By Joy Bergmann
Captain Marlon Larin, commander of the NYPD’s 24th Precinct, provided a mixed progress report on traffic safety for 2015 during a meeting Tuesday of Community Board 7’s Transportation Committee.
Larin announced that during from January 1 through December 6, the 24th Precinct (86th Street to 110th Street, Central Park West to Henry Hudson Parkway) recorded:
- 1296 total collisions, up 13.49% vs. 1142 in 2014
- 190 collisions resulting in injuries, down 11.21% from 214 in 2014
- 237 injured persons, down 2.87% vs. 244 in 2014
- 1 fatal injury vs. 7 in 2014
- 37 injuries in crashes involving bicyclists, down from 45 in 2014.
- 7312 total moving violation summons issued, down 4.9% from 7688 in 2014
Larin offered an explanation for the reduction in summonses: fewer fatalities means fewer implementations of NYPD “72-hour plans,” a three-day period of intensified, full-court press traffic enforcement following a fatal collision. For example, when elderly pedestrian Luisa Rosario was struck and killed by a taxi at 109th and Columbus on November 8, 2015, the precinct carried out a 72-hour plan of concentrated enforcement yielding over 150 summons in the immediate area.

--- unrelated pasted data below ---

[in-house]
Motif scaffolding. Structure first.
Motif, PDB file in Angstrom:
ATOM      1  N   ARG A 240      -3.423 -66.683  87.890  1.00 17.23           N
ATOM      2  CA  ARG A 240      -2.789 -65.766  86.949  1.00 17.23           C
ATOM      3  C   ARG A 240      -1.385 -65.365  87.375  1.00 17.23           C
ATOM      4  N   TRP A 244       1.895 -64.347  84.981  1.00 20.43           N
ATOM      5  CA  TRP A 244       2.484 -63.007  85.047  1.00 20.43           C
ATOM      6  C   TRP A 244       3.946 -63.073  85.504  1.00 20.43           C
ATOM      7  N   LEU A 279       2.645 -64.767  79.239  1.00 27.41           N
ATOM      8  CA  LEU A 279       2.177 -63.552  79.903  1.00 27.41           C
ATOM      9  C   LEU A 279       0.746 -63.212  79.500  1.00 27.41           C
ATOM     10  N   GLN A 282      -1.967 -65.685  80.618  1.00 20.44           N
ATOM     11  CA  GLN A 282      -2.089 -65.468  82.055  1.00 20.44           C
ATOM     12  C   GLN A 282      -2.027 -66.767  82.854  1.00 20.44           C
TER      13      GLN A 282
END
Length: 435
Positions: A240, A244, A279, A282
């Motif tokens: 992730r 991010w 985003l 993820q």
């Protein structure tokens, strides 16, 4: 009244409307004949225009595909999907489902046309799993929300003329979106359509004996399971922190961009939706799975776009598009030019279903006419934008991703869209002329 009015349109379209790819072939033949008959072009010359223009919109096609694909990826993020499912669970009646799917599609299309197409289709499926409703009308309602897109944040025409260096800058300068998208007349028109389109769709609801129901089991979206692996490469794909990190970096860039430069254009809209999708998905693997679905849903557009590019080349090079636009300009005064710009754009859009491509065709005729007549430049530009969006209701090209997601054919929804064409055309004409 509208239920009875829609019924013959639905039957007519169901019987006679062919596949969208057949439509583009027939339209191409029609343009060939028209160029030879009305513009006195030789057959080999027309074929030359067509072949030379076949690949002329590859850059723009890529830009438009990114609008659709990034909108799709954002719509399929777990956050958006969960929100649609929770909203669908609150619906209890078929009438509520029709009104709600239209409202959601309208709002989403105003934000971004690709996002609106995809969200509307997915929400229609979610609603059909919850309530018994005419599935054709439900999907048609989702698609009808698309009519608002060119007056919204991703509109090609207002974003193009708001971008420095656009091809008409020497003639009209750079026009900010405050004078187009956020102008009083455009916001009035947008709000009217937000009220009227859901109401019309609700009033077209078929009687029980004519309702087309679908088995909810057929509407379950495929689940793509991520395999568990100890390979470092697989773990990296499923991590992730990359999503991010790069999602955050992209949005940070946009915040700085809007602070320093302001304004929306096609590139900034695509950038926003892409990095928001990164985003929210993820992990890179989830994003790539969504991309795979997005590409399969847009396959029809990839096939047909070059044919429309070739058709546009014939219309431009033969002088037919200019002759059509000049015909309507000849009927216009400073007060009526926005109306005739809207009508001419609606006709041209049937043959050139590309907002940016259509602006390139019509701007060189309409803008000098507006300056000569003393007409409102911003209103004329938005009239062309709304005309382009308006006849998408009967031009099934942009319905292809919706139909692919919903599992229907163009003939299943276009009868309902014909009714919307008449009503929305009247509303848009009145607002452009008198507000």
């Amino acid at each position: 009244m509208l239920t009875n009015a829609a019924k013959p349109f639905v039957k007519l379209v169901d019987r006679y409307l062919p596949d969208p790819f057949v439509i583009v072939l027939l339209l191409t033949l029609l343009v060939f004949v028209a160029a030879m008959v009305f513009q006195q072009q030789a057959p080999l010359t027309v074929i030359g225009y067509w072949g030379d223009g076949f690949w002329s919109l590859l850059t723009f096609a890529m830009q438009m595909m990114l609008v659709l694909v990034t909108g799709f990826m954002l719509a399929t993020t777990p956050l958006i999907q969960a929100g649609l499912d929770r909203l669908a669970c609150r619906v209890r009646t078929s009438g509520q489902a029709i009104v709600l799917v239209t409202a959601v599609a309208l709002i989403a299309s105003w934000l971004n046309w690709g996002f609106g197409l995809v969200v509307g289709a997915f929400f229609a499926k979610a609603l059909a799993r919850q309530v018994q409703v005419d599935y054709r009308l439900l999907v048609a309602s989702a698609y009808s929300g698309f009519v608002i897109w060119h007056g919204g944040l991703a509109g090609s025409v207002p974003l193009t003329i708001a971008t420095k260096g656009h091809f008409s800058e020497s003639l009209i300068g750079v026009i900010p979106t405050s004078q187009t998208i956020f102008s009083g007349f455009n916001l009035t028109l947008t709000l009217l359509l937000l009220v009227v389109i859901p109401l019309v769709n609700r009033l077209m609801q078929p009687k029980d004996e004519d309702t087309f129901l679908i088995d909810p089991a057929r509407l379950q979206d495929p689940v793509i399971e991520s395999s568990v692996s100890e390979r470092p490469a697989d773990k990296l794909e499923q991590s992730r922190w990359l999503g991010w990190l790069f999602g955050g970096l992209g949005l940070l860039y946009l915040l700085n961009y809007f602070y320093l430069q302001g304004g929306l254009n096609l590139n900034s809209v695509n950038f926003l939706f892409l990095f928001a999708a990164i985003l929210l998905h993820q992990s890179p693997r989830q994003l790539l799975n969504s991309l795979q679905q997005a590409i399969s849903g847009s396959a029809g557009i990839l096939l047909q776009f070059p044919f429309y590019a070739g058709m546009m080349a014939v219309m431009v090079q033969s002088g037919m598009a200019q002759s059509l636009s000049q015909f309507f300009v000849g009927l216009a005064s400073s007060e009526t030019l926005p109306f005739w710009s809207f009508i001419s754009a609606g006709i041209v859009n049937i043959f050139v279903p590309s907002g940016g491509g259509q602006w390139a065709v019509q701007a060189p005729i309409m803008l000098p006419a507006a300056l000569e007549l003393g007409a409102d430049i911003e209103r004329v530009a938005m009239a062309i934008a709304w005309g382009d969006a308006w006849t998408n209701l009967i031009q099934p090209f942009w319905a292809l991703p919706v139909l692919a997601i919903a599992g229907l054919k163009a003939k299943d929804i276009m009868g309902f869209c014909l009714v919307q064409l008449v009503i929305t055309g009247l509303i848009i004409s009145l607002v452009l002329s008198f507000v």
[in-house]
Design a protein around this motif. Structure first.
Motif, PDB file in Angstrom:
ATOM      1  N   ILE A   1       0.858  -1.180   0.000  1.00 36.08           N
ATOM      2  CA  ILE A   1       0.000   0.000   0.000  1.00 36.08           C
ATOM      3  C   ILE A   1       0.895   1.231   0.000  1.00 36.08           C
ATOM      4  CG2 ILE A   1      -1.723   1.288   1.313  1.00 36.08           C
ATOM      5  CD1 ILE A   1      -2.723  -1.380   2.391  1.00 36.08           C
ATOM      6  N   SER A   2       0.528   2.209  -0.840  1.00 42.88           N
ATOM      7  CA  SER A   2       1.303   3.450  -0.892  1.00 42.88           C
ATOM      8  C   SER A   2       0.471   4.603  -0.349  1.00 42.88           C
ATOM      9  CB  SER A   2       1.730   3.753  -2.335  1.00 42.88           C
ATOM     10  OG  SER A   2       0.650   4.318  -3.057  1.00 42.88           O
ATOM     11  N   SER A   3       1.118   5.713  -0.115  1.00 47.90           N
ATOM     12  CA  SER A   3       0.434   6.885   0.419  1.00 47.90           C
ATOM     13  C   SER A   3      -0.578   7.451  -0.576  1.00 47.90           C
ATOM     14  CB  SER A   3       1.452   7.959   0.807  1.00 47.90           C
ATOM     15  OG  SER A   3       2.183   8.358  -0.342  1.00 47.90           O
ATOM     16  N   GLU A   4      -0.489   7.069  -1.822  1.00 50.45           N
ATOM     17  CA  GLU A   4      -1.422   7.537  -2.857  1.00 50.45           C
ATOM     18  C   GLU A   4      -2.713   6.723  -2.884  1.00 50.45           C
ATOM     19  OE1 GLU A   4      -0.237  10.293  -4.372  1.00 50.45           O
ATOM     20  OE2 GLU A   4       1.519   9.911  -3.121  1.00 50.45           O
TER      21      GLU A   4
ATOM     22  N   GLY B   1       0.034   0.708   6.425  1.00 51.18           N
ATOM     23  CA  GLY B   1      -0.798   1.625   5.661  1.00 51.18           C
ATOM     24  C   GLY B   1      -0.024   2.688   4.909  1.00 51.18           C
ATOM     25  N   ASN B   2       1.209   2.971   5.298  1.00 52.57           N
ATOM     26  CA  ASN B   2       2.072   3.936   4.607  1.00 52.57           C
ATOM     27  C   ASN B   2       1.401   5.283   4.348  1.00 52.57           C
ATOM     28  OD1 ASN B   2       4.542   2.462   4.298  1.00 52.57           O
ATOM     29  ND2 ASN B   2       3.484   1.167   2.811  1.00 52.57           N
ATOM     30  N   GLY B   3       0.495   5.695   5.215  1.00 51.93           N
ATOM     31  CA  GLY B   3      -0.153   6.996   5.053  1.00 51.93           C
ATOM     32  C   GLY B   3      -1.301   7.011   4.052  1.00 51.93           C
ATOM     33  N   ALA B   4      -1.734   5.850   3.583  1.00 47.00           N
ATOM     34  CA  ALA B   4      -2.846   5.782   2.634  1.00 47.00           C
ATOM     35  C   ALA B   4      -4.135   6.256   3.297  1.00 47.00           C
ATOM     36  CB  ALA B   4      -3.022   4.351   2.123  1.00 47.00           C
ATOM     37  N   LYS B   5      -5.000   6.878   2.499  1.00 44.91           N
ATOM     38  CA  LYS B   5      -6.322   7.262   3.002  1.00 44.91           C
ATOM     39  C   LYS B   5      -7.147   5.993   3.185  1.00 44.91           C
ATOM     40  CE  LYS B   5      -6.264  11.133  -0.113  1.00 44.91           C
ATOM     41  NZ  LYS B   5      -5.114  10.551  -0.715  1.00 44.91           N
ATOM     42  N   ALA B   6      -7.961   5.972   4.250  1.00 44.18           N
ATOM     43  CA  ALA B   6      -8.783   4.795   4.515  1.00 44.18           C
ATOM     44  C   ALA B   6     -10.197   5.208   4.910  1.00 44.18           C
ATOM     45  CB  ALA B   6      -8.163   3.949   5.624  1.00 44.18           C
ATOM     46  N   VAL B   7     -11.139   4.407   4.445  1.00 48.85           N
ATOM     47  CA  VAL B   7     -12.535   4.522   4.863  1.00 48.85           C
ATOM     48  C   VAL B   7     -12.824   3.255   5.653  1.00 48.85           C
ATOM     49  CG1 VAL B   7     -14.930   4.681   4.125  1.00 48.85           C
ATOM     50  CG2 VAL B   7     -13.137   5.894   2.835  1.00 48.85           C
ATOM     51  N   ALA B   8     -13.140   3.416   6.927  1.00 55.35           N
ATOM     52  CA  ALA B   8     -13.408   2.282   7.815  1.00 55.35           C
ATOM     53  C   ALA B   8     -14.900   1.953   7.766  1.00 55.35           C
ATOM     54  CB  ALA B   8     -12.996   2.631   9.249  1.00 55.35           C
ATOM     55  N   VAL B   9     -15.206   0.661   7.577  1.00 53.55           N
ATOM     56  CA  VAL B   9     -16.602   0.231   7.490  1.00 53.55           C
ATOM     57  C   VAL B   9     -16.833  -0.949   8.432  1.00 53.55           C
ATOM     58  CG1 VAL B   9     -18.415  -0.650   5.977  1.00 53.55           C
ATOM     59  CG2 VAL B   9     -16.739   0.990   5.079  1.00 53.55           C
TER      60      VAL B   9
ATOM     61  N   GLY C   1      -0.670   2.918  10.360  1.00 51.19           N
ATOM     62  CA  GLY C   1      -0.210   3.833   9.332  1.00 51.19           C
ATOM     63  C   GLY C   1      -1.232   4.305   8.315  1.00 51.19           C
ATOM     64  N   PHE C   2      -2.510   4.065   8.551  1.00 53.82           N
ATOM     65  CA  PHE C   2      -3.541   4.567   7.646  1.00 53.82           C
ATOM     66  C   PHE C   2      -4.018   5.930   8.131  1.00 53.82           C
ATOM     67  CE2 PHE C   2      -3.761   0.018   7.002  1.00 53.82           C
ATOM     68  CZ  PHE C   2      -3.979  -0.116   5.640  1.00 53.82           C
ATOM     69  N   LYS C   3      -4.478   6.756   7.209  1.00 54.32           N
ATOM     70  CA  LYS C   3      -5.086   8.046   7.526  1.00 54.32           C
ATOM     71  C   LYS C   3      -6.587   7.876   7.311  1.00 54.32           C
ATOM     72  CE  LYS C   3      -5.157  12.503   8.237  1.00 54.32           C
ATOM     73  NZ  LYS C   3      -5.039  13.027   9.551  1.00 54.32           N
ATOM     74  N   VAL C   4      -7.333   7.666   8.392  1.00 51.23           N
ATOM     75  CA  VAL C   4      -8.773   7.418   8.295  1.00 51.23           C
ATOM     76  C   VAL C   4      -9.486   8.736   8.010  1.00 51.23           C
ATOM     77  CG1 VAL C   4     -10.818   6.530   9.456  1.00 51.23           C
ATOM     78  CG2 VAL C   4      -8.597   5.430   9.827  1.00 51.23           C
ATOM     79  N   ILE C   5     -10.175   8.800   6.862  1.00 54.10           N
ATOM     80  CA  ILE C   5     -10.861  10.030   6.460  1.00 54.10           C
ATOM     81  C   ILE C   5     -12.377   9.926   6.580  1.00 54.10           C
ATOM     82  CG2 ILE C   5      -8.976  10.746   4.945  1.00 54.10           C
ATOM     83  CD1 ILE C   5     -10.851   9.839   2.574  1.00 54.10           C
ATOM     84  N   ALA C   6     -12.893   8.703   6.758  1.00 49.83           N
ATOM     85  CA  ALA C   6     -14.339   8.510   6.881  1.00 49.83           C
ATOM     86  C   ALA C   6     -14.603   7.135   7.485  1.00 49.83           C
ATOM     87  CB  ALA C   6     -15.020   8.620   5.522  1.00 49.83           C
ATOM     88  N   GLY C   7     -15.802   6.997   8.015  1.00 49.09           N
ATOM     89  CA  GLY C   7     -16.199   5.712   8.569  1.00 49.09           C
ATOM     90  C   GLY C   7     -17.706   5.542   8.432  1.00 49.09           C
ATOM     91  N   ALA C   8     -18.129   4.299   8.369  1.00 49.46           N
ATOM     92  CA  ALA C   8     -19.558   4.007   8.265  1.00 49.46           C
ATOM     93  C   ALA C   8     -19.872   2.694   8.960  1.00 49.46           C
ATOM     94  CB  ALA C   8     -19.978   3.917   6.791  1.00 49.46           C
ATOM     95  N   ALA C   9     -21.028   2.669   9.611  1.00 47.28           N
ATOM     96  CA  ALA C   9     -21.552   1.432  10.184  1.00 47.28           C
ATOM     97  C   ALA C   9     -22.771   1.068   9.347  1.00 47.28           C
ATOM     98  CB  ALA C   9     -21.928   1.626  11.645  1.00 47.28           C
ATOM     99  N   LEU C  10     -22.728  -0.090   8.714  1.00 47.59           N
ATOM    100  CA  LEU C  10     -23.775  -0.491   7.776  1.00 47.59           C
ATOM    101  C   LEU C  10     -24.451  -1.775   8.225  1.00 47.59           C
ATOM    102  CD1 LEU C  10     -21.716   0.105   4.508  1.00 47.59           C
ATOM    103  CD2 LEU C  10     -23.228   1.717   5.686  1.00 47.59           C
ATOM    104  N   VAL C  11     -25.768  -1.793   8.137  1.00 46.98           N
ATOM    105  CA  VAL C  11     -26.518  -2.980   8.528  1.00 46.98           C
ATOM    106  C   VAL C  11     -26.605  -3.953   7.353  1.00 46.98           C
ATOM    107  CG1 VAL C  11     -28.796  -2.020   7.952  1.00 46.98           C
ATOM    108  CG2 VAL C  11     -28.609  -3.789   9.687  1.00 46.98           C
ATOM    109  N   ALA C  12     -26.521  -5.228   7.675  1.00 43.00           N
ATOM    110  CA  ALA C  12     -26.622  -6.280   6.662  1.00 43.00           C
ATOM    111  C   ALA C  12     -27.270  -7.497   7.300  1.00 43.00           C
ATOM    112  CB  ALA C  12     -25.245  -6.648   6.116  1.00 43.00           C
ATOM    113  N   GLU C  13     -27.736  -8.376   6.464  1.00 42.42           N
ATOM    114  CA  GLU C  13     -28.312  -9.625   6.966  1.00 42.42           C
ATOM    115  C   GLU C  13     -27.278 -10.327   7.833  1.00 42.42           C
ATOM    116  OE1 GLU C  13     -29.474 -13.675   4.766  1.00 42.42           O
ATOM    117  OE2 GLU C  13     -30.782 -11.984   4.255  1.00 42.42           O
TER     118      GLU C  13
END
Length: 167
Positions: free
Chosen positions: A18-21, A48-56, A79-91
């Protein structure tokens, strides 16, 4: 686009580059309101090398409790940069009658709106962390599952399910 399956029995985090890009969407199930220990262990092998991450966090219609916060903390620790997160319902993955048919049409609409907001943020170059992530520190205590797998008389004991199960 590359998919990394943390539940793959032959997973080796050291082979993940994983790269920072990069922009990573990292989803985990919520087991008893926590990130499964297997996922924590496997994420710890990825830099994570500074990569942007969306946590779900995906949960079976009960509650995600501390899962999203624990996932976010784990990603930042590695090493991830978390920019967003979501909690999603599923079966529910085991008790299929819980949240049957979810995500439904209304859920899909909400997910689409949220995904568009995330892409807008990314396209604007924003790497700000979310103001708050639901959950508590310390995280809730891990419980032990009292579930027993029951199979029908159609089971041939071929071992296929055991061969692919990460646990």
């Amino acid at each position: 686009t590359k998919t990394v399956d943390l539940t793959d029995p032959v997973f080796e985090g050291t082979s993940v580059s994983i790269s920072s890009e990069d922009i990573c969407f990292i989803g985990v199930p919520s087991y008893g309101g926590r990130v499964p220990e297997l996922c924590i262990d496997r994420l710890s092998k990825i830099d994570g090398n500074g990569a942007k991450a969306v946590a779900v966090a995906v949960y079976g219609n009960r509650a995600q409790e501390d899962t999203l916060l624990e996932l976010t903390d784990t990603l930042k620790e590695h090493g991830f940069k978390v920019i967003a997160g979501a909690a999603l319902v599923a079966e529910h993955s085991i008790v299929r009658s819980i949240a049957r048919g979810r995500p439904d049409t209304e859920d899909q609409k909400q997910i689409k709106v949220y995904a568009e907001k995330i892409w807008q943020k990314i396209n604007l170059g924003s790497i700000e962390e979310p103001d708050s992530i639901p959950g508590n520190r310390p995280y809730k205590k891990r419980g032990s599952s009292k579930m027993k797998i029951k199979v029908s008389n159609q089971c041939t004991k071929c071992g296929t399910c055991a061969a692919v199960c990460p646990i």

Larin recited some specific Vision Zero priority enforcement statistics for the 24th Precinct:
- Red light running: 1008 summons, up 77.8% vs. 567 in 2014
- Disobey sign: 1957 summons, up 25.4% vs. 1561 in 2014
- Failure to yield to pedestrian: 558 summons, down 2.1% vs. 570 in 2014
- Speeding: 543 summons, up 51.3% vs. 359 in 2014
Larin noted room for improvement, especially on the speeding front. “With 365 days in the year, 543 summons may not be the best.”
A Committee member asked about the spike in summons issued to bicyclists, 873 vs. 484 in 2014, comparing it to the decrease in “failure to yield” summons issued to drivers, “How does that square with Vision Zero?” Larin responded that community complaints about bicyclists had spurred the increase, not evidence of injuries caused by bikes. “I hear about it a lot,” he said.